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It took me reading it a few times to figure out what your numbers were but I think I have it now.

Are these front numbers (forks), or back numbers (shock)?

Because honestly, they are in the middle of where the front and the rear should be. If they are rears, you probably have too much rider sag, but if they are fronts, you probably have too little (just a bit though).

Figure 42-50mm for the forks and 30-35mm for the shock. That should get you in a good place to start messing with your Compression and Rebound.

FTR, although these numbers are equal, this doesn't make your bike "balanced". The forks have a longer travel than the shock so the sag numbers set at approximately 1/3 of the travel will be different at each end.

Dave
These are the numbers for the rear, so for the shock.

What I meant with balanced is: when I push the bike down, the front and rear compress simultaneously and also come back up simultaneously. So I should put a bit more preload on the shock if I understand correctly. I wanted to measure the front as well, but it started raining outside and I didn't want to work in the rear.

edit: I've just measured up the front fork sag:

unloaded length of fork: 295mm
length of fork with bike on its own weight: 275mm
length of fork with rider on bike: 265mm

this gives a 20mm static sag and a 30mm rider sag
 

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30 and 40 for the front sounds really good.

The rear spring seems a bit stiff. You should aim for 5mm static sag (btw 1st measurement is unloaded, then static sag then laden or race sag) if you ride hard, 10+mm if you like it comfy.

40mm race sag sounds good for the rear, but you wonßt be able to achieve that if you crank he spring to get the static sag to 5-10mm.

My rear is quite stiff and I got to say I really enjoy riding it. No complaints. So before you go out and order a new spring, ride and evaluate.

:edit:

hey you edited your post, that´s mean :D
Aim for 30mm static and 1/3rd of full travel for race sag, that would be somewhere in the 46mm area (I think full 45mm Marzocchi travel is 138mm or similar).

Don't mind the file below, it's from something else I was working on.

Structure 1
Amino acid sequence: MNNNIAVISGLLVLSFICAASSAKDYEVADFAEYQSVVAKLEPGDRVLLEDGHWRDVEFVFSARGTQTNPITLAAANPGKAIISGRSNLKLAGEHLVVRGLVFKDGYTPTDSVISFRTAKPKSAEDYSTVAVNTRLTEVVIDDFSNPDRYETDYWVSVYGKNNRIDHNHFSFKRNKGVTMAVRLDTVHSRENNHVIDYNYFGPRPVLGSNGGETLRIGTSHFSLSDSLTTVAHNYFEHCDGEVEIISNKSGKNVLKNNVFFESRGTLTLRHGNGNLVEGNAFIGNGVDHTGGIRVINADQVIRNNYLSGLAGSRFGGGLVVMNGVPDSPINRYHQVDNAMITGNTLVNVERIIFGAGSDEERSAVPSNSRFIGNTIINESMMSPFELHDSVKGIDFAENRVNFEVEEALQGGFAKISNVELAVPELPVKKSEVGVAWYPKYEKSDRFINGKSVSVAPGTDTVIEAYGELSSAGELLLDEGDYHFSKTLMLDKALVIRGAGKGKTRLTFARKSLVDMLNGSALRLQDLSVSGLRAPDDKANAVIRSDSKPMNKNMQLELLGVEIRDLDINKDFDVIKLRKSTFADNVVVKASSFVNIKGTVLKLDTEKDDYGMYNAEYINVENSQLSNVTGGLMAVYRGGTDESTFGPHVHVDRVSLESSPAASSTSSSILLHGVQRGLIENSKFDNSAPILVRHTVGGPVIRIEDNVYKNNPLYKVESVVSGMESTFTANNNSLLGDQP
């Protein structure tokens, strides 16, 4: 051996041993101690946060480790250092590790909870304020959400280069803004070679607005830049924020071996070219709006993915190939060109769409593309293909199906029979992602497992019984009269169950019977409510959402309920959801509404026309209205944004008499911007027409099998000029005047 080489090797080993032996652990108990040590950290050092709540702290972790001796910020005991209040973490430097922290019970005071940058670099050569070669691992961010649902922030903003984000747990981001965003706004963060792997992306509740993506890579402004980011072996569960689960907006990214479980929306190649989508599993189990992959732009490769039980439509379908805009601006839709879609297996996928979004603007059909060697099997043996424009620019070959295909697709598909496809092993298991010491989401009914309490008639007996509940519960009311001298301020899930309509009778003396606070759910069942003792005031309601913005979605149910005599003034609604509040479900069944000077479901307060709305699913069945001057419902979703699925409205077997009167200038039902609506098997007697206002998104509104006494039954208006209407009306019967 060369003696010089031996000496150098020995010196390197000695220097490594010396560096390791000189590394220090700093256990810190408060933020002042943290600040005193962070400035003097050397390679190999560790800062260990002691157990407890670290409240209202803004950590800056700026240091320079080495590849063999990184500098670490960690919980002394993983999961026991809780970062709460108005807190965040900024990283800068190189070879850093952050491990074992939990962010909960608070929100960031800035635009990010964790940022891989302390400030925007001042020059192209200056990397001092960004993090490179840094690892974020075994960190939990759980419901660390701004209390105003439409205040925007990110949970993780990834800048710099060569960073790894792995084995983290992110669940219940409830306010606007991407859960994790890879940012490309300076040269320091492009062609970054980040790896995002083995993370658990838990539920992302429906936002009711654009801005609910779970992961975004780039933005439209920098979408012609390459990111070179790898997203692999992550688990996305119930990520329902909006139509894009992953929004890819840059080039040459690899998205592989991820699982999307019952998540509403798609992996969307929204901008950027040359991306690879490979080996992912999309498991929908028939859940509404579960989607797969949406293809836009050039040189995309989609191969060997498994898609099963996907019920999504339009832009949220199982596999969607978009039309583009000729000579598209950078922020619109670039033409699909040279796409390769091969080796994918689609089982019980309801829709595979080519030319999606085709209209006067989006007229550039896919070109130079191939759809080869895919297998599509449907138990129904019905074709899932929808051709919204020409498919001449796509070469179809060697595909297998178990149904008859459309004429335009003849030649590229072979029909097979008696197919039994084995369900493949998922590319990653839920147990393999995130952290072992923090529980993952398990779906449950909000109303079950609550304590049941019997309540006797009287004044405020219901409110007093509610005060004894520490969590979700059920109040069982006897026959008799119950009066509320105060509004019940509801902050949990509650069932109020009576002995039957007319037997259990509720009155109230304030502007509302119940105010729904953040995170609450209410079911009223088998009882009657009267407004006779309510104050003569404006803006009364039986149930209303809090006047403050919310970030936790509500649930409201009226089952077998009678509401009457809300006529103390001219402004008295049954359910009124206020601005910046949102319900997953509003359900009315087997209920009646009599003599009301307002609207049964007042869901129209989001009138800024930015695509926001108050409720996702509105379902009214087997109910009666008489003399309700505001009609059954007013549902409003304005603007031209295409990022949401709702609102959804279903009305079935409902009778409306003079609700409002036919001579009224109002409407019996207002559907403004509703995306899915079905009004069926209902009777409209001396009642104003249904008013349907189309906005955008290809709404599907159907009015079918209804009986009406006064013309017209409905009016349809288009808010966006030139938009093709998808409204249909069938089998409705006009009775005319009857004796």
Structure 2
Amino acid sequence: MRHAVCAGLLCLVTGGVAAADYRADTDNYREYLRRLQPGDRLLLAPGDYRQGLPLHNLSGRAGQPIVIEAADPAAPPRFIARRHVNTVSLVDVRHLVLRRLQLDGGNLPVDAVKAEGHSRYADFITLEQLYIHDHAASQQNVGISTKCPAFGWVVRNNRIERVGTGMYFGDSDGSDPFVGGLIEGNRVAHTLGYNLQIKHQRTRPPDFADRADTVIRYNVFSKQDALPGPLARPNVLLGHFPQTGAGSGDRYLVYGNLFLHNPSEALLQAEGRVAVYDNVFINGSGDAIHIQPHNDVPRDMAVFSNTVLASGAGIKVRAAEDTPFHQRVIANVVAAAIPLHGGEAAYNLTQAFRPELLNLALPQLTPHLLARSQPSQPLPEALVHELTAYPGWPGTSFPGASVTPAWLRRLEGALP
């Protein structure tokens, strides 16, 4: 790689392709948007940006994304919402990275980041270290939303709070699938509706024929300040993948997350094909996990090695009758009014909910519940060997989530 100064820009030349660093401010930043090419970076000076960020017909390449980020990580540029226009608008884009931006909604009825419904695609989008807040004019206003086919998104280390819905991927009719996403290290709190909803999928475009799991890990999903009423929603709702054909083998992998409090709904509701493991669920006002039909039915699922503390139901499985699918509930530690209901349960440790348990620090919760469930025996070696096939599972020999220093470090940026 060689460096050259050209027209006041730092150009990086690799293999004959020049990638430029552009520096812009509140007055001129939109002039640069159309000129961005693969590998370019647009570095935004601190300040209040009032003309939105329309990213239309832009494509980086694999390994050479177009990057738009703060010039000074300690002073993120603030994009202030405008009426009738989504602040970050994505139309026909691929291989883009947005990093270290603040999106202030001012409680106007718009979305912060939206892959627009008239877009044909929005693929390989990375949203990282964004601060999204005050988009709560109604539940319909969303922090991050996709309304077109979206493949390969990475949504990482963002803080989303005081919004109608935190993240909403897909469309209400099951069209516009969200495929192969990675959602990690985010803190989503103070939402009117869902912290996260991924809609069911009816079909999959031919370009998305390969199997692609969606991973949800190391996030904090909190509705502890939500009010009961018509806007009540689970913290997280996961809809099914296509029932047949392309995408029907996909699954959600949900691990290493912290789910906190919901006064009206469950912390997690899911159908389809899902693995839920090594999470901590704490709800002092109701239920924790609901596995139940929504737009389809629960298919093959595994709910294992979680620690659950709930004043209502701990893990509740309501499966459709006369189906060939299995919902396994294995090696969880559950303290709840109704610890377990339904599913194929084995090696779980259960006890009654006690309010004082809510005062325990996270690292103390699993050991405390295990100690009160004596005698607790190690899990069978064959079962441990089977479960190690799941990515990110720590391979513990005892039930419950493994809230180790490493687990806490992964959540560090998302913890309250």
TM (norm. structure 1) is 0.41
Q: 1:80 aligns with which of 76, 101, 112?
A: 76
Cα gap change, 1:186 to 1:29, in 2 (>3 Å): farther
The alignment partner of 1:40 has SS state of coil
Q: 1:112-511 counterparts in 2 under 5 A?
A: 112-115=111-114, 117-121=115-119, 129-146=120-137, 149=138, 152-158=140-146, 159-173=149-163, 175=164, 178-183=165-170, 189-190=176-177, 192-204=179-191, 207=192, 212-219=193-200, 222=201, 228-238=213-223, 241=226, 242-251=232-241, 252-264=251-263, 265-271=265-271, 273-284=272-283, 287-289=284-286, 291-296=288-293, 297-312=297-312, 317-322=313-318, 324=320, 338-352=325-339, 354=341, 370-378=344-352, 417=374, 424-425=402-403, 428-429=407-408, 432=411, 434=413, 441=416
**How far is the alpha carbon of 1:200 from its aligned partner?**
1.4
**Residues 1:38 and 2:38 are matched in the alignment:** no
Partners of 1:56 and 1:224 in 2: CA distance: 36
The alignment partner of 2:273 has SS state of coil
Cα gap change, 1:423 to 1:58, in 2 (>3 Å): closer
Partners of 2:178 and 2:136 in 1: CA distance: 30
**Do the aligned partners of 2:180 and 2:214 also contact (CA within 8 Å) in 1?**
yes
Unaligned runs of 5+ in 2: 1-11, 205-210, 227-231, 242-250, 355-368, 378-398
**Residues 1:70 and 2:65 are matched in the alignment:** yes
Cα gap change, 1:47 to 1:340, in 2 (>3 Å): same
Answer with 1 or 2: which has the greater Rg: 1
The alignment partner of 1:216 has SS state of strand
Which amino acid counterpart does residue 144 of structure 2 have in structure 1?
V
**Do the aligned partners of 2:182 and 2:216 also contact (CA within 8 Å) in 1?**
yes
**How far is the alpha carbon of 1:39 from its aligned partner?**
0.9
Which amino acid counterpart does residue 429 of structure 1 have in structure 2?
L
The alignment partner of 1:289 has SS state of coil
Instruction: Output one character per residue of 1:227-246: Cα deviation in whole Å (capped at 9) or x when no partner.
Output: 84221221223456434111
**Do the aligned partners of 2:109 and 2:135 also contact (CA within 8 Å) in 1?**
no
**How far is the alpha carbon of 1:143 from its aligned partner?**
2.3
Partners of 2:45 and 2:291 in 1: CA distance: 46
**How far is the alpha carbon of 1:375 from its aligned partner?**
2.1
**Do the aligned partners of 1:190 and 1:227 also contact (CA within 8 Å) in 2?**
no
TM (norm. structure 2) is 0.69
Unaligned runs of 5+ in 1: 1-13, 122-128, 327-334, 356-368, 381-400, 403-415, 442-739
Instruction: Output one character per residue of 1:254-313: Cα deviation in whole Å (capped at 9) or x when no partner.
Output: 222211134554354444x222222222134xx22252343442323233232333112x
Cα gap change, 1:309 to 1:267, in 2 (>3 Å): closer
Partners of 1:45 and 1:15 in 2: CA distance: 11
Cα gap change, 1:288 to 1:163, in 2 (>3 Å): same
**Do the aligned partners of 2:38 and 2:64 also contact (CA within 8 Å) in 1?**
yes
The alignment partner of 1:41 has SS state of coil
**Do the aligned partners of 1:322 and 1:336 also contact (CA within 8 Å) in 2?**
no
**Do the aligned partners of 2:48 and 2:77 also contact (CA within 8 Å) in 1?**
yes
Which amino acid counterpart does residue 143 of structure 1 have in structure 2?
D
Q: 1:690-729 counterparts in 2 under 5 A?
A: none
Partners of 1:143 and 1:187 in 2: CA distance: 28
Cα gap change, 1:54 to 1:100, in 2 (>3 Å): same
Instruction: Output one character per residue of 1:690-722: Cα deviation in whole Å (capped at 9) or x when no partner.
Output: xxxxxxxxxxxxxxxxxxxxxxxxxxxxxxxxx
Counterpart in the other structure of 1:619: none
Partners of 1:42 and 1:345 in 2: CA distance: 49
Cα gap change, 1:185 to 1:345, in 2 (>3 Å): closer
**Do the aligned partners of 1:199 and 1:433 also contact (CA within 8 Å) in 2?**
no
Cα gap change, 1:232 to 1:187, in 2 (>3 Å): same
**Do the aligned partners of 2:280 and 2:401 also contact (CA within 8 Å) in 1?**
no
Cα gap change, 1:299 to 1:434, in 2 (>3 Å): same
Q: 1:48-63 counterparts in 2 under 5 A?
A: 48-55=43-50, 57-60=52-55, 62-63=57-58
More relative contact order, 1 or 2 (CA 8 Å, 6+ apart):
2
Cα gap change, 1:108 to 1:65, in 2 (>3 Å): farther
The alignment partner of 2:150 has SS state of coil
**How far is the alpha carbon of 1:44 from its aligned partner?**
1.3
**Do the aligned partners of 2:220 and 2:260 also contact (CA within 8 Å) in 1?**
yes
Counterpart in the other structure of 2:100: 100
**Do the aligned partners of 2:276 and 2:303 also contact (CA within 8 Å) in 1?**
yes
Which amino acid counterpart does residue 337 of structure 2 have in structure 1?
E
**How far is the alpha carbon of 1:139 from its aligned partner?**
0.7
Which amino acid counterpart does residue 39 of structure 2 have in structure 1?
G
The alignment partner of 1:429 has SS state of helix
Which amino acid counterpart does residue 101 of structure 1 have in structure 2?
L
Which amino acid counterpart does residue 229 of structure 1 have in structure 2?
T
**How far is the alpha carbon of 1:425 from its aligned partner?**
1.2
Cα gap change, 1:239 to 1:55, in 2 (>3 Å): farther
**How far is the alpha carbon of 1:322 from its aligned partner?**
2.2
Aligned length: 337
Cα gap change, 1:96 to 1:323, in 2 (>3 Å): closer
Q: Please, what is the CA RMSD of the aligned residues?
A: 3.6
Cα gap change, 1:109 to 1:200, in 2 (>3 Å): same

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30 and 40 for the front sounds really good.

The rear spring seems a bit stiff. You should aim for 5mm static sag (btw 1st measurement is unloaded, then static sag then laden or race sag) if you ride hard, 10+mm if you like it comfy.

40mm race sag sounds good for the rear, but you wonßt be able to achieve that if you crank he spring to get the static sag to 5-10mm.

My rear is quite stiff and I got to say I really enjoy riding it. No complaints. So before you go out and order a new spring, ride and evaluate.

:edit:

hey you edited your post, that´s mean :D
Aim for 30mm static and 1/3rd of full travel for race sag, that would be somewhere in the 46mm area (I think full 45mm Marzocchi travel is 138mm or similar).
Yeah I just noticed I made a slight calculation error.

so to be clear.

my rear sag numbers are:
static sag: 20mm
rider sag: 45mm

I guess I could give it a bit less sag in the rear

front sag numbers are:
static sag: 20mm
rider sag: 30mm

so this needs more sag I reckon.

Still have to test how the bike handles now. I had tested it yesterday with the bike a bit lower(about 6mm's), but virtually the same settings and it felt good, but the front reacted too slowly and the rear as well(had to adjust compression and rebound in the front and the rebound on the shock). I fixed the compression and rebound, but still have to fiddle with the sag I guess.
 

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Don´t overthink the sag numbers. They´re just that.

If I were you I´d grab pen and paper, ride with the current setup, write down what you think about the setup. Then put in more preload at the rear to achieve either 10 or 5mm static sag, measure race sag (likely too little) and ride again. Write your findings down, then do the same for the front.

After all that evaluate.